Acer tenellum Pax

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Credits

John Grimshaw, Ross Bayton & Dan Crowley (2020)

Recommended citation
Grimshaw, J., Bayton, R. & Crowley, D. (2020), 'Acer tenellum' from the website Trees and Shrubs Online (treesandshrubsonline.org/articles/acer/acer-tenellum/). Accessed 2020-11-29.

Genus

  • Acer
  • Sect. Platanoidea

Other species in genus

Glossary

References

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Credits

John Grimshaw, Ross Bayton & Dan Crowley (2020)

Recommended citation
Grimshaw, J., Bayton, R. & Crowley, D. (2020), 'Acer tenellum' from the website Trees and Shrubs Online (treesandshrubsonline.org/articles/acer/acer-tenellum/). Accessed 2020-11-29.

Shrub or tree to 8 m, or more in cultivation. Bark pale or dark grey, smooth. Branchlets yellowish-green to olive-brown, slender, glabrous and with round, raised lenticels. Leaves deciduous, thin and papery, tremulous, 4–6 × 3–6 cm, occasionally larger, palmately 3- to 5-lobed, rarely entire, lobes shallow, upper surface dull dark green and glabrous, lower surface pale green with some caducous hairs along the veins, margins entire, apex acute or rarely acuminate; petiole 3–8 cm long, slender, pale green or reddish, exudes milky sap when broken; autumn colour yellow. Inflorescence terminal, corymbose, 1.5–2 cm long. Flowers 5-merous, staminate or hermaphrodite; sepals oblong to ovate, pale green, petals oblong-obovate, yellowish-green, stamens 8–10, inserted outside the nectar disc. Samaras 2–2.2 cm long, purple when young, wings spreading nearly horizontally. Flowering in May, fruiting in September (China) (van Gelderen et al. 1994van Gelderen & van Gelderen 1999Xu et al. 2008; Gregory, in prep).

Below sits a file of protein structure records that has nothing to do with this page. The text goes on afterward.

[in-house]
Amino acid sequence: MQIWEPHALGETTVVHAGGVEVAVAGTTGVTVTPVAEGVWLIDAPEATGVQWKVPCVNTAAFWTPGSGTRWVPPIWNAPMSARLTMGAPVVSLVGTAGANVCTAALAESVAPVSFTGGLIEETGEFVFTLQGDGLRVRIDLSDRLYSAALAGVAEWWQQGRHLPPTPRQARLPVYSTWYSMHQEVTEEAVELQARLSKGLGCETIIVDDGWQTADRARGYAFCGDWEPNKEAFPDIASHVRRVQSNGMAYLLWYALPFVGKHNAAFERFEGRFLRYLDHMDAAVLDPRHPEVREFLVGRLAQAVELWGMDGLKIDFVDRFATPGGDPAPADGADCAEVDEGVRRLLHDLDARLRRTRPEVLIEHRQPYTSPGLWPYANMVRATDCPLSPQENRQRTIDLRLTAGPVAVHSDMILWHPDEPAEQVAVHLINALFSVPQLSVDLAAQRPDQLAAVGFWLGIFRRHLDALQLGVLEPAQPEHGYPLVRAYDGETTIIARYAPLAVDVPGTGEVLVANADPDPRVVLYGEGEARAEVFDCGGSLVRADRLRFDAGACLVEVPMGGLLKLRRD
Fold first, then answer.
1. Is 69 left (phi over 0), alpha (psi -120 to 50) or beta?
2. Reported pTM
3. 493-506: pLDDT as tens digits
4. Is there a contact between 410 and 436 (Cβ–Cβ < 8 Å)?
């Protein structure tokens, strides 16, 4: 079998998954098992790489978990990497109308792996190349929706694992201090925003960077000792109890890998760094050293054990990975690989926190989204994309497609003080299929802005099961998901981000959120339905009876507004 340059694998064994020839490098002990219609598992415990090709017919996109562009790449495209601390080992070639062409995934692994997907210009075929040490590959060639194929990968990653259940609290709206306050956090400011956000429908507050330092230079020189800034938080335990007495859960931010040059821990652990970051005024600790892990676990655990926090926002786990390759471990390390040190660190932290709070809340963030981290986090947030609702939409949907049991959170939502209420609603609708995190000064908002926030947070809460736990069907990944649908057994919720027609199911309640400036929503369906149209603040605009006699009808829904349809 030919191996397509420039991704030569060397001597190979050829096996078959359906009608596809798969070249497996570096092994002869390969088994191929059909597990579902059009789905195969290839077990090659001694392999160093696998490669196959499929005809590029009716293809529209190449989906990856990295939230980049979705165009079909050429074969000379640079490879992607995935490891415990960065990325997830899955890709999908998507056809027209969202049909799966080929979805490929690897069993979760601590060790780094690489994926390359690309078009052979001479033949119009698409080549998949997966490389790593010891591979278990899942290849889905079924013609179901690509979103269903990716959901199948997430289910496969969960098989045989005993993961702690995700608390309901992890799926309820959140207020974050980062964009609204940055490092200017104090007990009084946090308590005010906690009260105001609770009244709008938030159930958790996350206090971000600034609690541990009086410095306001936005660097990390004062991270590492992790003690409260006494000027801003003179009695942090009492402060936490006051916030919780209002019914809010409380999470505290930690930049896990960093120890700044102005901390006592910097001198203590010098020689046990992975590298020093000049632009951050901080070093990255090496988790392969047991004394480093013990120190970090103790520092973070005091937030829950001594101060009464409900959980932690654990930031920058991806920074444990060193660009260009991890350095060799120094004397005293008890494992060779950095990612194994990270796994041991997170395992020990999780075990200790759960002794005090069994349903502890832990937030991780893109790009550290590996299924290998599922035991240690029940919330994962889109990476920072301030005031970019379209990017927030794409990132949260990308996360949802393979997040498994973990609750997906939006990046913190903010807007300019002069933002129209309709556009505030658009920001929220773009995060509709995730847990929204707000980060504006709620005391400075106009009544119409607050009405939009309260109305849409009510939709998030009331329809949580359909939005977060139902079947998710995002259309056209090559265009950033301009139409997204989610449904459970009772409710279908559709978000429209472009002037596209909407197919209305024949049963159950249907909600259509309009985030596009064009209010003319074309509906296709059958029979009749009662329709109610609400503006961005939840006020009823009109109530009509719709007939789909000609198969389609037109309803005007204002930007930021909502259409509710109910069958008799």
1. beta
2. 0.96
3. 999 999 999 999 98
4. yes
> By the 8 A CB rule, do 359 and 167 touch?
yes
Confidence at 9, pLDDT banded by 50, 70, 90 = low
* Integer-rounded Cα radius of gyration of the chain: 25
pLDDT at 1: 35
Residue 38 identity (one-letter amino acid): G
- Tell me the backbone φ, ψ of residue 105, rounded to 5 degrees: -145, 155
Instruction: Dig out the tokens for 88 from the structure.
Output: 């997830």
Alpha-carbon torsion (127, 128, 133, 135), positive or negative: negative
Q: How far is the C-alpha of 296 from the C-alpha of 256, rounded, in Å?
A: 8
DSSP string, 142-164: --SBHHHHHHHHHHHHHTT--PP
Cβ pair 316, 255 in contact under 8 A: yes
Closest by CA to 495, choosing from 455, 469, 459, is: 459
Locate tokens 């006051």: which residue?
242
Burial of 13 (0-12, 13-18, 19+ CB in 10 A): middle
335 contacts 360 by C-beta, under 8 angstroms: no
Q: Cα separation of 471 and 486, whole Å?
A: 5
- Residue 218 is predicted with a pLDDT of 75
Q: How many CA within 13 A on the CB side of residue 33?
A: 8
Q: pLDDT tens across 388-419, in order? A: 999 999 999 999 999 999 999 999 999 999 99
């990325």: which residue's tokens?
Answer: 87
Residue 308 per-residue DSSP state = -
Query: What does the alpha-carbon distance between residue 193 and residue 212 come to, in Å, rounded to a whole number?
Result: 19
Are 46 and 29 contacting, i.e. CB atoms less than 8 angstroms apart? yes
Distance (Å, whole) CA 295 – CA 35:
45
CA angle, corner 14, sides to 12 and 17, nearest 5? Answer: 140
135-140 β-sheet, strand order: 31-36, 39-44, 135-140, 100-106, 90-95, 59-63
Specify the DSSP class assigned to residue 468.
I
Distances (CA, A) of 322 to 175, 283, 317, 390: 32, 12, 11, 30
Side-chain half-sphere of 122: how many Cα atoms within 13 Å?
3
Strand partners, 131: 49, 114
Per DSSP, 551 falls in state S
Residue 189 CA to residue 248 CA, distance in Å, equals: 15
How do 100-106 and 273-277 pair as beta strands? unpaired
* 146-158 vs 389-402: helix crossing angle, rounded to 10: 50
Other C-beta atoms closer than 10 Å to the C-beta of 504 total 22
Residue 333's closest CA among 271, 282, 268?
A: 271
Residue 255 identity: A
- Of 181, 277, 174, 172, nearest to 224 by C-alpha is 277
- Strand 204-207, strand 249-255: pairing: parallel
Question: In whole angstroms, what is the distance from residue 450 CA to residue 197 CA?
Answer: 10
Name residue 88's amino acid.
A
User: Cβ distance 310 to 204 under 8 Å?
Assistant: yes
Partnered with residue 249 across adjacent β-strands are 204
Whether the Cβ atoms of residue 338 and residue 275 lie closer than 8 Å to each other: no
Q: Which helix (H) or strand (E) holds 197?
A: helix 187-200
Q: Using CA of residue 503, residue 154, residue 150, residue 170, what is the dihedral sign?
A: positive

Distribution  China Western Hubei, Jiangxi, Sichuan, Yunnan.

Habitat Mixed forest between 1200 and 1800 m asl.

USDA Hardiness Zone 6-7

RHS Hardiness Rating H5

Conservation status Endangered (EN)

Acer tenellum is rare in cultivation, and dismissed by van Gelderen & van Gelderen (1999) as being of ‘botanical interest only’. Despite this it is represented in a number of British and European collections, including Arley Castle, Worcestershire, and Borde Hill, West Sussex, probably grown from seed collected by Wilson in 1901 (van Gelderen et al. 1994). The identity of a tree at Glasnevin is the subject of debate. There is also some doubt over the authenticity of material offered commercially in the United States (Hill & Narizny 2004). Vegetative propagation is difficult, but it is available from nurseries specialising in Acer. Its charm lies in its small, rather rounded leaves, said to quiver in the breeze like those of an Aspen (Populus tremula). (van Gelderen & van Gelderen 1999).